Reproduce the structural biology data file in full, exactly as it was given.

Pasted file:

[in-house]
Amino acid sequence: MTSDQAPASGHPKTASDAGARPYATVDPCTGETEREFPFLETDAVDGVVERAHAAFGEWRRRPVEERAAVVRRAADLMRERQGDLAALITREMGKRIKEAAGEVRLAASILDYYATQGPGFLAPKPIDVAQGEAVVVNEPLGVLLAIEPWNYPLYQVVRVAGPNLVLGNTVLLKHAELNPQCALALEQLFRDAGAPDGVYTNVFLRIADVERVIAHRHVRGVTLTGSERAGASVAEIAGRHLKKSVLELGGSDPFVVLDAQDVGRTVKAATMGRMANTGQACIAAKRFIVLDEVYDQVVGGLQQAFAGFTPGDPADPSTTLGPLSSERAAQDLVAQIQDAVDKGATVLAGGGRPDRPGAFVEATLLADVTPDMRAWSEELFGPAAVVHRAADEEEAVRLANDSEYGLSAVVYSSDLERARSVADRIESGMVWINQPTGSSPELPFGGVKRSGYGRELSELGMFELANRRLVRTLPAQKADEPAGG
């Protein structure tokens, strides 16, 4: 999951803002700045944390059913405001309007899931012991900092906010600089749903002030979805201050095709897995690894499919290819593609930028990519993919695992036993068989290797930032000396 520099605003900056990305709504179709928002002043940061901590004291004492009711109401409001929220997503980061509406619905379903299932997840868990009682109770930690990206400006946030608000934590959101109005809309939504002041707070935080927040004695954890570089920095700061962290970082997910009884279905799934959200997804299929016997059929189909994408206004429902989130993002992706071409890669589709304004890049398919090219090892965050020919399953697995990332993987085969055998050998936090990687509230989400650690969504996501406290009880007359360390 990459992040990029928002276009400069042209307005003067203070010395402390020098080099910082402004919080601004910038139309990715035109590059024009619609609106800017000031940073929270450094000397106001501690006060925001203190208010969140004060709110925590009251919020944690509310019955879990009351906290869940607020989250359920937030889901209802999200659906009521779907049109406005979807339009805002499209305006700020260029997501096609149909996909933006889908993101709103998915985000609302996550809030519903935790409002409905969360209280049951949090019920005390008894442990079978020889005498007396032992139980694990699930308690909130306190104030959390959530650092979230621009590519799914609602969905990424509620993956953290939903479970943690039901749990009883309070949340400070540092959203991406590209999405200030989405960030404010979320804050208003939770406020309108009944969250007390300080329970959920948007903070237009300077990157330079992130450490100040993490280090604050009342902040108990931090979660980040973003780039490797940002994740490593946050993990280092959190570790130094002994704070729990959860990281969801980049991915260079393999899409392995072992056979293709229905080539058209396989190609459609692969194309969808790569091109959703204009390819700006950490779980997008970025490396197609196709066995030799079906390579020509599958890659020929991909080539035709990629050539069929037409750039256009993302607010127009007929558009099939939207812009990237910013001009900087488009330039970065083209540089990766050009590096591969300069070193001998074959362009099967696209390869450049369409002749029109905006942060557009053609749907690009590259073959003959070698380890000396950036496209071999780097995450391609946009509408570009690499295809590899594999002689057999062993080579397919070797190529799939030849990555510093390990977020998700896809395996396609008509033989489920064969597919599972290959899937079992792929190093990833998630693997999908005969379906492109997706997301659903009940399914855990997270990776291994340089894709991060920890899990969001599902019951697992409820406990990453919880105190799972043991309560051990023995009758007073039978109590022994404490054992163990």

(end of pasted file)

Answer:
[in-house]
Amino acid sequence: MTSDQAPASGHPKTASDAGARPYATVDPCTGETEREFPFLETDAVDGVVERAHAAFGEWRRRPVEERAAVVRRAADLMRERQGDLAALITREMGKRIKEAAGEVRLAASILDYYATQGPGFLAPKPIDVAQGEAVVVNEPLGVLLAIEPWNYPLYQVVRVAGPNLVLGNTVLLKHAELNPQCALALEQLFRDAGAPDGVYTNVFLRIADVERVIAHRHVRGVTLTGSERAGASVAEIAGRHLKKSVLELGGSDPFVVLDAQDVGRTVKAATMGRMANTGQACIAAKRFIVLDEVYDQVVGGLQQAFAGFTPGDPADPSTTLGPLSSERAAQDLVAQIQDAVDKGATVLAGGGRPDRPGAFVEATLLADVTPDMRAWSEELFGPAAVVHRAADEEEAVRLANDSEYGLSAVVYSSDLERARSVADRIESGMVWINQPTGSSPELPFGGVKRSGYGRELSELGMFELANRRLVRTLPAQKADEPAGG
């Protein structure tokens, strides 16, 4: 999951803002700045944390059913405001309007899931012991900092906010600089749903002030979805201050095709897995690894499919290819593609930028990519993919695992036993068989290797930032000396 520099605003900056990305709504179709928002002043940061901590004291004492009711109401409001929220997503980061509406619905379903299932997840868990009682109770930690990206400006946030608000934590959101109005809309939504002041707070935080927040004695954890570089920095700061962290970082997910009884279905799934959200997804299929016997059929189909994408206004429902989130993002992706071409890669589709304004890049398919090219090892965050020919399953697995990332993987085969055998050998936090990687509230989400650690969504996501406290009880007359360390 990459992040990029928002276009400069042209307005003067203070010395402390020098080099910082402004919080601004910038139309990715035109590059024009619609609106800017000031940073929270450094000397106001501690006060925001203190208010969140004060709110925590009251919020944690509310019955879990009351906290869940607020989250359920937030889901209802999200659906009521779907049109406005979807339009805002499209305006700020260029997501096609149909996909933006889908993101709103998915985000609302996550809030519903935790409002409905969360209280049951949090019920005390008894442990079978020889005498007396032992139980694990699930308690909130306190104030959390959530650092979230621009590519799914609602969905990424509620993956953290939903479970943690039901749990009883309070949340400070540092959203991406590209999405200030989405960030404010979320804050208003939770406020309108009944969250007390300080329970959920948007903070237009300077990157330079992130450490100040993490280090604050009342902040108990931090979660980040973003780039490797940002994740490593946050993990280092959190570790130094002994704070729990959860990281969801980049991915260079393999899409392995072992056979293709229905080539058209396989190609459609692969194309969808790569091109959703204009390819700006950490779980997008970025490396197609196709066995030799079906390579020509599958890659020929991909080539035709990629050539069929037409750039256009993302607010127009007929558009099939939207812009990237910013001009900087488009330039970065083209540089990766050009590096591969300069070193001998074959362009099967696209390869450049369409002749029109905006942060557009053609749907690009590259073959003959070698380890000396950036496209071999780097995450391609946009509408570009690499295809590899594999002689057999062993080579397919070797190529799939030849990555510093390990977020998700896809395996396609008509033989489920064969597919599972290959899937079992792929190093990833998630693997999908005969379906492109997706997301659903009940399914855990997270990776291994340089894709991060920890899990969001599902019951697992409820406990990453919880105190799972043991309560051990023995009758007073039978109590022994404490054992163990």